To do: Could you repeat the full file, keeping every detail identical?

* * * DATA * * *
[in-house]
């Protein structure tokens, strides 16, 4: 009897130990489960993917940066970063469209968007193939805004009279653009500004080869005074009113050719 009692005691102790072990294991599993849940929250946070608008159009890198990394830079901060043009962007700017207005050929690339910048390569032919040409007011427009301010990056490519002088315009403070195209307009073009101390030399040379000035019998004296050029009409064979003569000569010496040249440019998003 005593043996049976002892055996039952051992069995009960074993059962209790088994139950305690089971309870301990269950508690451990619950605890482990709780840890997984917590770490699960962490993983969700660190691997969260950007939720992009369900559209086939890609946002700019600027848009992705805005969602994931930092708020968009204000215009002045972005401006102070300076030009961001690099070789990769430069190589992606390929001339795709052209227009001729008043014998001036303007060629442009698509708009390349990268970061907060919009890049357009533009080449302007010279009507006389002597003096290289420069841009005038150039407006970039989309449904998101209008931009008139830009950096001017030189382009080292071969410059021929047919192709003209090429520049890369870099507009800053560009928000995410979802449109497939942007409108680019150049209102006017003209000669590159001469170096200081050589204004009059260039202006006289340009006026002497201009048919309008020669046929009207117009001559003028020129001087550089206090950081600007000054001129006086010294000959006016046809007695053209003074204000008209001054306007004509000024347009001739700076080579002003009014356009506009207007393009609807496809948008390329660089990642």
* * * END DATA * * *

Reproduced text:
[in-house]
């Protein structure tokens, strides 16, 4: 009897130990489960993917940066970063469209968007193939805004009279653009500004080869005074009113050719 009692005691102790072990294991599993849940929250946070608008159009890198990394830079901060043009962007700017207005050929690339910048390569032919040409007011427009301010990056490519002088315009403070195209307009073009101390030399040379000035019998004296050029009409064979003569000569010496040249440019998003 005593043996049976002892055996039952051992069995009960074993059962209790088994139950305690089971309870301990269950508690451990619950605890482990709780840890997984917590770490699960962490993983969700660190691997969260950007939720992009369900559209086939890609946002700019600027848009992705805005969602994931930092708020968009204000215009002045972005401006102070300076030009961001690099070789990769430069190589992606390929001339795709052209227009001729008043014998001036303007060629442009698509708009390349990268970061907060919009890049357009533009080449302007010279009507006389002597003096290289420069841009005038150039407006970039989309449904998101209008931009008139830009950096001017030189382009080292071969410059021929047919192709003209090429520049890369870099507009800053560009928000995410979802449109497939942007409108680019150049209102006017003209000669590159001469170096200081050589204004009059260039202006006289340009006026002497201009048919309008020669046929009207117009001559003028020129001087550089206090950081600007000054001129006086010294000959006016046809007695053209003074204000008209001054306007004509000024347009001739700076080579002003009014356009506009207007393009609807496809948008390329660089990642």